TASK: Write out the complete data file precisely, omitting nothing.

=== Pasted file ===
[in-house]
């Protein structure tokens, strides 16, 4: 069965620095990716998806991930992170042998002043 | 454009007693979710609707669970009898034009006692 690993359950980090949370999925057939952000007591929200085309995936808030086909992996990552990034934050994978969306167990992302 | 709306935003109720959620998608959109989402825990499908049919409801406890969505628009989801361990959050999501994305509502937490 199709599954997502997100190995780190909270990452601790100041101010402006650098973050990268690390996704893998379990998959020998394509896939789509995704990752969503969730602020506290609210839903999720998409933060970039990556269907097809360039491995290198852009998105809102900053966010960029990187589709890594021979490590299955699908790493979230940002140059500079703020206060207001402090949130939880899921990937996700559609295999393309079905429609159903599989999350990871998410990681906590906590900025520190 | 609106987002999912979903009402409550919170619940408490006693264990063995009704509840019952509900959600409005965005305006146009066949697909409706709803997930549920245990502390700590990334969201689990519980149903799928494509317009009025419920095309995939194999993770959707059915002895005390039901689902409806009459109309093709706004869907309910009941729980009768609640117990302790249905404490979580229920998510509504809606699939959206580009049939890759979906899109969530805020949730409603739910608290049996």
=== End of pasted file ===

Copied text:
[in-house]
């Protein structure tokens, strides 16, 4: 069965620095990716998806991930992170042998002043 | 454009007693979710609707669970009898034009006692 690993359950980090949370999925057939952000007591929200085309995936808030086909992996990552990034934050994978969306167990992302 | 709306935003109720959620998608959109989402825990499908049919409801406890969505628009989801361990959050999501994305509502937490 199709599954997502997100190995780190909270990452601790100041101010402006650098973050990268690390996704893998379990998959020998394509896939789509995704990752969503969730602020506290609210839903999720998409933060970039990556269907097809360039491995290198852009998105809102900053966010960029990187589709890594021979490590299955699908790493979230940002140059500079703020206060207001402090949130939880899921990937996700559609295999393309079905429609159903599989999350990871998410990681906590906590900025520190 | 609106987002999912979903009402409550919170619940408490006693264990063995009704509840019952509900959600409005965005305006146009066949697909409706709803997930549920245990502390700590990334969201689990519980149903799928494509317009009025419920095309995939194999993770959707059915002895005390039901689902409806009459109309093709706004869907309910009941729980009768609640117990302790249905404490979580229920998510509504809606699939959206580009049939890759979906899109969530805020949730409603739910608290049996």